The Kennedy Center

Meryl Streep


(Actress, born June 22, 1949, in Summit, New Jersey)
Versatility and genius often go hand in hand, but seldom as exuberantly as in Meryl Streep's body of work. From Shakespeare  to ABBA, from Sophie's Choice and Kramer vs. Kramer right through Julie & Julia and The Devil Wears Prada, from tragedy to musicals and everything in between, the sheer breadth and joy of her artistry counts as one of the most exhilarating cultural spectacles of our time.

Going into her fourth decade of acting, Streep has made more than 45 movies and has received 16 Academy Award nominations, winning two, and 25 Golden Globe nominations, winning seven, more nominations than any other actor in the history of either award. Her work has also earned her two Emmy Awards, two Screen Actors Guild Awards, a Cannes Film Festival award, five New York Film Critics Circle Awards, five Grammy Award nominations, a BAFTA award, an and an Australian Film Institute Award. She was awarded the American Film Institute's Life Achievement Award in 2004.

From her earliest work beginning in 1978 in The Deer Hunter and Kramer vs. Kramer, critics and audiences immediately realized Streep was a dazzling new presence in American cinema. When people witnessed her Oscar-winning performance in 1982 as a Polish Nazi camp survivor in Sophie's Choice, she became the role model for all of her fellow actresses and those that would follow. "I grew up with Meryl Streep, and she was the greatest actress that my whole generation of women aspires to be," said Oscar winner Nicole Kidman.

Most astonishingly, at age 62, she has transformed herself into one of the world's most enduring stars, the driving force at the center of some of the biggest world-wide hits of the past few years: The Devil Wears Prada, Mamma Mia!, Julie & Julia, and It's Complicated. It's remarkable for any actor to wield that much power at the box office after four decades in the business, but it is unprecedented in the 100-year history of American movies for an actress to do so. She's more popular now than she's ever been. "She is the hottest actress in America," says Nora Ephron.

Bookended by those startling early performances which made everyone take notice, and her current resplendent career renaissance as international box office queen, Streep's singular  filmography is distinguished by some of the most iconic, ambitious, intelligent, and entertaining films made in the past three decades: Manhattan (1979), The Seduction of Joe Tynan (1979), Silkwood (1983), Plenty (1985), Out of Africa (1985), Heartburn (1986), Ironweed (1987), A Cry in the Dark (1988), She-Devil (1989), Postcards from the Edge (1990),  The Bridges of Madison County (1995), Marvin's Room (1996), Dancing At Lughnasa (1998), Adaptation (2002), The Hours (2002), The Manchurian Candidate (2004), A Prairie Home Companion (2006), Rendition (2007), and Doubt (2008). Together these performances are extraordinary examples of insight, depth, range, and virtuosity. "She is a great actress, probably the best of her generation, and has given one wonderful performance after another," says the film critic Roger Ebert. Now Meryl Streep has filmed the role of Margaret Thatcher in The Iron Lady, a biopic of one of the most controversial prime ministers in British history. It will surprise no one to see her take center stage at next year's awards season.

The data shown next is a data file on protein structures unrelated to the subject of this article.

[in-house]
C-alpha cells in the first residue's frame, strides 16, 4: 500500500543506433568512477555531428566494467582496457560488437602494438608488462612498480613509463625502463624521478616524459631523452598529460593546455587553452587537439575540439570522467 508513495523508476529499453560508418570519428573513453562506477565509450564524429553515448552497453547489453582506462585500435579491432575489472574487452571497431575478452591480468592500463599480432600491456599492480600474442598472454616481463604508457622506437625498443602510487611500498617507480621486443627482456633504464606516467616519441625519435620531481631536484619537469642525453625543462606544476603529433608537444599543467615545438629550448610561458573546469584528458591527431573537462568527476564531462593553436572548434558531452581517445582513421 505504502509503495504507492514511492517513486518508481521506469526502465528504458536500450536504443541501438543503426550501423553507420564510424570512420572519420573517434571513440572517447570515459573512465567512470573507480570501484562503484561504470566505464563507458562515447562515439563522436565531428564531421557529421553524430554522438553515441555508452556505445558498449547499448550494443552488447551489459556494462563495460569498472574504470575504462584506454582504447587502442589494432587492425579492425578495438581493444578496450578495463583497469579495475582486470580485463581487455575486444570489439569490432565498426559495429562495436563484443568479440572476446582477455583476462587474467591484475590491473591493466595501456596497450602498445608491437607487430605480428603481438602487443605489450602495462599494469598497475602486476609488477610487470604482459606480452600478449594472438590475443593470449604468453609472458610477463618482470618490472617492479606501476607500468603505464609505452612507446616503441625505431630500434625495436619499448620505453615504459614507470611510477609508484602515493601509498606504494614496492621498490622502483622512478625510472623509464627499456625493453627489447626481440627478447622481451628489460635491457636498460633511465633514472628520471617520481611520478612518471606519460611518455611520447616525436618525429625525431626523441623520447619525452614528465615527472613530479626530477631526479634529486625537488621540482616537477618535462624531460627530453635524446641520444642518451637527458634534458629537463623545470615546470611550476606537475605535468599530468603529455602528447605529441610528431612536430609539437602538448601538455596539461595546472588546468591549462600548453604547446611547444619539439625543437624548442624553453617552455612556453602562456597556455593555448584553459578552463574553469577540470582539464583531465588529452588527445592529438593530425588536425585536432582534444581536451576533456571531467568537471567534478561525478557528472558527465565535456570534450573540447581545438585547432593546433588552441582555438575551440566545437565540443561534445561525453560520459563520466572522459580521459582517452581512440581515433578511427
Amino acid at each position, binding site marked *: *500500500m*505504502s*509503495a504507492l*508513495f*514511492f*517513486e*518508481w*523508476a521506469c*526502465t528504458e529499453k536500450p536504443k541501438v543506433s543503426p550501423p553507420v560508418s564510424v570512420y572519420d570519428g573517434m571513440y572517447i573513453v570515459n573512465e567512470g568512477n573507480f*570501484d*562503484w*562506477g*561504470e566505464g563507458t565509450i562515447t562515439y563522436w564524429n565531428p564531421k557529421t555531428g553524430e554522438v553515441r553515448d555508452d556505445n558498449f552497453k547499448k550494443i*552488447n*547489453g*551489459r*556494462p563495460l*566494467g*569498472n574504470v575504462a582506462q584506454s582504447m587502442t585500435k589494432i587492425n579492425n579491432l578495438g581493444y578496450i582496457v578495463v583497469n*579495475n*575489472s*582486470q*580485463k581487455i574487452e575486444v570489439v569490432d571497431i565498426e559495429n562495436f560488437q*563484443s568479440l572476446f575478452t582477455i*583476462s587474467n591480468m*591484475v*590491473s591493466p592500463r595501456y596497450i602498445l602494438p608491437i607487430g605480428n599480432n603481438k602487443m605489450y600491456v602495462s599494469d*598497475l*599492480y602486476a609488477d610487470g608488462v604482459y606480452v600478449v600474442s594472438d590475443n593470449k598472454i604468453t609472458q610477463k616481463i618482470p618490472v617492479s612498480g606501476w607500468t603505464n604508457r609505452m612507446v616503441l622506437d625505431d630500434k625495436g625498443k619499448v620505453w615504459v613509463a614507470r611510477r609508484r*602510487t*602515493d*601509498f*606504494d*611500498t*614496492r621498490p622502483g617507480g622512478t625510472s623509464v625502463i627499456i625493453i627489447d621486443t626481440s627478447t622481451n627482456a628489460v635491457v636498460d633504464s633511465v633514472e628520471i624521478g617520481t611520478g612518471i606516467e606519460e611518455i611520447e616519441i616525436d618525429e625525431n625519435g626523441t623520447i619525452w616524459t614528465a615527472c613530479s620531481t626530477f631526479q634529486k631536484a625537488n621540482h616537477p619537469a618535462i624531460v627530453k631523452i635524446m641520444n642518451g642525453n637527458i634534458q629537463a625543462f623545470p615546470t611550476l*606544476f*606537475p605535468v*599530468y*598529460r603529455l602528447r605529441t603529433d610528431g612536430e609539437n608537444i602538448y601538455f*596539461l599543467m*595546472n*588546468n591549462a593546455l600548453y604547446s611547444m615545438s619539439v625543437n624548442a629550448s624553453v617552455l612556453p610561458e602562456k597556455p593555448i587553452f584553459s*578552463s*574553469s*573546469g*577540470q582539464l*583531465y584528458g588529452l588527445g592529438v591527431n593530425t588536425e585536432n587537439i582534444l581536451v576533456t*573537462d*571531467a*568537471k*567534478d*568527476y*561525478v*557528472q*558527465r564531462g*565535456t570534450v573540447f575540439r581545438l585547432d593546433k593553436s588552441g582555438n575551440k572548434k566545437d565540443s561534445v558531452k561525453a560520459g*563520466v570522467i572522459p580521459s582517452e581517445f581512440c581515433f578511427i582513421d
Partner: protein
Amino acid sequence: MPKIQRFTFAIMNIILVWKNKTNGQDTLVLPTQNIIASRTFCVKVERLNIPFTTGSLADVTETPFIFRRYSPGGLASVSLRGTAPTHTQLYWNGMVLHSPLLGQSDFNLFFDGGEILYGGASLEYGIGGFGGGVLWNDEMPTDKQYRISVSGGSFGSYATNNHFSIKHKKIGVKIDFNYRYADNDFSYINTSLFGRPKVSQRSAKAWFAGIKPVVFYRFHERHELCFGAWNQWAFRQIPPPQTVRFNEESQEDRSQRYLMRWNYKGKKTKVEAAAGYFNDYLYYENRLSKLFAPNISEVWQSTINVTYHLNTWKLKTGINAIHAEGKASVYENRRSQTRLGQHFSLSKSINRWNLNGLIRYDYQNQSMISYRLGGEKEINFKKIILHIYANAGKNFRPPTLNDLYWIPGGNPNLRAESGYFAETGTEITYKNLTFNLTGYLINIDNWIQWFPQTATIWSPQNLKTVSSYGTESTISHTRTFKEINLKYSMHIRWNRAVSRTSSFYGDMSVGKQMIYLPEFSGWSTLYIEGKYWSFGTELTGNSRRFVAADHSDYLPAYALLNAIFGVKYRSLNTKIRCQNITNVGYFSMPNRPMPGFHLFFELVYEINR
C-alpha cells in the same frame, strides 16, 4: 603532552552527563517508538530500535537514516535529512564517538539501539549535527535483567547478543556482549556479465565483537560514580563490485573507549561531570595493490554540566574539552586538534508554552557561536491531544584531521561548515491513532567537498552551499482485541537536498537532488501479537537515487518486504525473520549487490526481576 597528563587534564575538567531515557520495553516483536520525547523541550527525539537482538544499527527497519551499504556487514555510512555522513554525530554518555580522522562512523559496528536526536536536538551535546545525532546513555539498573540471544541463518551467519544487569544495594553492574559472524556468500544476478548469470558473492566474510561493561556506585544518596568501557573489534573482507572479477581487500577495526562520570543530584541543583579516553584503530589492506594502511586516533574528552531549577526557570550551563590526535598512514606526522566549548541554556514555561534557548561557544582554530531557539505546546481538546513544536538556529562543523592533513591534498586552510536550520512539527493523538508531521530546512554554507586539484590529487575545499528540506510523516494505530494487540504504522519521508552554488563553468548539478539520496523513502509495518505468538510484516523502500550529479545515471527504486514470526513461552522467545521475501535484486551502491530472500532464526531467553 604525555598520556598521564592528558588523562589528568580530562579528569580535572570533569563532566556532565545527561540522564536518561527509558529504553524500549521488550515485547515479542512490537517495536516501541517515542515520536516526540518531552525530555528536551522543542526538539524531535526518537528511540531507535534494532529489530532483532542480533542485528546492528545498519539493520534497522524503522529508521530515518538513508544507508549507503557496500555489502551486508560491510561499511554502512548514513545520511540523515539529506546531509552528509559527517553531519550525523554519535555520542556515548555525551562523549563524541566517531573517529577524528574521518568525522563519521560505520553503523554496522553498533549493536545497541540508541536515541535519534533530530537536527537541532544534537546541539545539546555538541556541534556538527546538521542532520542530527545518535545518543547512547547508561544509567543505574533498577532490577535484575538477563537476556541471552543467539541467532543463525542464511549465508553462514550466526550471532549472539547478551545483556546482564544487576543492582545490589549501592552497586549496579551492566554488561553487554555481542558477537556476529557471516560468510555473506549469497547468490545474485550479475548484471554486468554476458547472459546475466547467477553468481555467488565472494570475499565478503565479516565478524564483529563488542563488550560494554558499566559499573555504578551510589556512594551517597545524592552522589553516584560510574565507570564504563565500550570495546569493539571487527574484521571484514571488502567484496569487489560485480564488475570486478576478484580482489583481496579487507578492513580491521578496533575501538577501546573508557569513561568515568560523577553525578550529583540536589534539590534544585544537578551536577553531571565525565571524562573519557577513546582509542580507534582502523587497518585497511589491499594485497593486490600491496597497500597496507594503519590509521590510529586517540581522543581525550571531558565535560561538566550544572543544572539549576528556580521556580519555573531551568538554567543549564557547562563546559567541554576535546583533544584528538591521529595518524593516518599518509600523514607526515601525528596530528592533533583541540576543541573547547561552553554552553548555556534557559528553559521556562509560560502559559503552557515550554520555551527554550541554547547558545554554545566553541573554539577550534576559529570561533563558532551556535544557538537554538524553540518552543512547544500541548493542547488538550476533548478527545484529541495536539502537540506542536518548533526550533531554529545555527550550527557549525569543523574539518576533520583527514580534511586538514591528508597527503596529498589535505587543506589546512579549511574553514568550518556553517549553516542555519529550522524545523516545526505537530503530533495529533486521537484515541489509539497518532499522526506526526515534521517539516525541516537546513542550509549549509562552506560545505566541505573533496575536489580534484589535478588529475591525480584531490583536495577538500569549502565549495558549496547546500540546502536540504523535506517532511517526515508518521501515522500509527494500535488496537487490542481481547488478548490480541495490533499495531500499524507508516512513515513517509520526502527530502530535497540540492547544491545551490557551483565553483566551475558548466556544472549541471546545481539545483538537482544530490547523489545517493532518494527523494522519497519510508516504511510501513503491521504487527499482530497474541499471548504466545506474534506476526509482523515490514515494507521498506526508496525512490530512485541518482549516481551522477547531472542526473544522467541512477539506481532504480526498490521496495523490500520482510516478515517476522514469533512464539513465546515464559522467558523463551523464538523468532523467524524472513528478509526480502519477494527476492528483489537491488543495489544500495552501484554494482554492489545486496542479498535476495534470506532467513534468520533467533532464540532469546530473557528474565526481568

She was born Mary Louise Streep in Summit, New Jersey, the daughter of Harry Streep, Jr., a pharmaceutical executive, and Mary Wilkinson, an artist and former art editor. At first interested in opera, Streep decided to study theater instead, graduating with a bachelor's degree in drama from Vassar College in 1971 and earning an M.F.A. from the Yale School of Drama in 1975. While at Yale, she played a variety of roles onstage, from Shakespearean heroines to 90-year-olds, creating a buzz even as a student for her chameleonic brilliance. "It was immediately apparent," said then-dean Robert Brustein, "that she was destined for greatness."

Her early career in New York included work with the New York Shakespeare Festival, on Broadway starring in the Brecht/Weill musical Happy End, earning a Tony nomination as best featured actress in Tennessee Williams' 27 Wagons Full of Cotton, and winning an Obie for her performance in the all-sung off-Broadway production of Alice at the Palace. In 1978, she won an Emmy Award for her role in the television miniseries Holocaust.  (Twenty-six years later she would win another for Angels in America.)

1978 also saw Streep's movie career blossom with her role in the The Deer Hunter. She received her first Academy Award nomination and one year later won the Academy Award for best supporting actress for her role as the icy Joanna Kramer in Kramer vs. Kramer.

Streep's talent has never been in question. She has brought her virtuosity to a breathtaking range of characters. Actors and directors are enthralled by her. "Her training and her experience have taken her to a point where she can be effortless with a lot of things other people have to work really hard at," says her Out of Africa co-star Robert Redford. Director Alan J. Pakula said, "If there's a heaven for directors, it would be to direct Meryl Streep your whole life."  And from film critic Molly Haskell: "She's proving now, in the freedom and prosperity of a spectacularly attractive late middle age that she can do effortless as well as strenuous, ensemble as well as star, enjoy rather than hide behind her talent. More than that, it's as if audiences who'd been lulled into a catatonia of admiration or vexation were forced to wake up and take notice of the dazzling dexterity and audacity of this woman who's amassed a body of work that's phenomenal any way you look at it."
Meryl Streep